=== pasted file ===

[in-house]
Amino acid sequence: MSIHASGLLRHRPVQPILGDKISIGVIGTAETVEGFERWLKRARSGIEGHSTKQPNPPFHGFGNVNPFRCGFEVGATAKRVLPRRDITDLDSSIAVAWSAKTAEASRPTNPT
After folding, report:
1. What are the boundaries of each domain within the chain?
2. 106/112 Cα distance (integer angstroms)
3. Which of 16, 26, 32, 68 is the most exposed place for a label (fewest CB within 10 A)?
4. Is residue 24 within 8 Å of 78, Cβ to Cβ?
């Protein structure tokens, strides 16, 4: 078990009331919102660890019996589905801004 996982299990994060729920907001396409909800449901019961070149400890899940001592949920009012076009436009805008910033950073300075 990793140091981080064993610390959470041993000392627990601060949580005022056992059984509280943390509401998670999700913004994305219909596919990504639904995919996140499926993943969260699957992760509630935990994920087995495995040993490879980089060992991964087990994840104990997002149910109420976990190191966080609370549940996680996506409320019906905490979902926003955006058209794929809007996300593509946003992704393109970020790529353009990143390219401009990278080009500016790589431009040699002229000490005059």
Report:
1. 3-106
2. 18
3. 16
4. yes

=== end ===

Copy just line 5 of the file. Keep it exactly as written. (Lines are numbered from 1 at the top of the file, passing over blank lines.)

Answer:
2. 106/112 Cα distance (integer angstroms)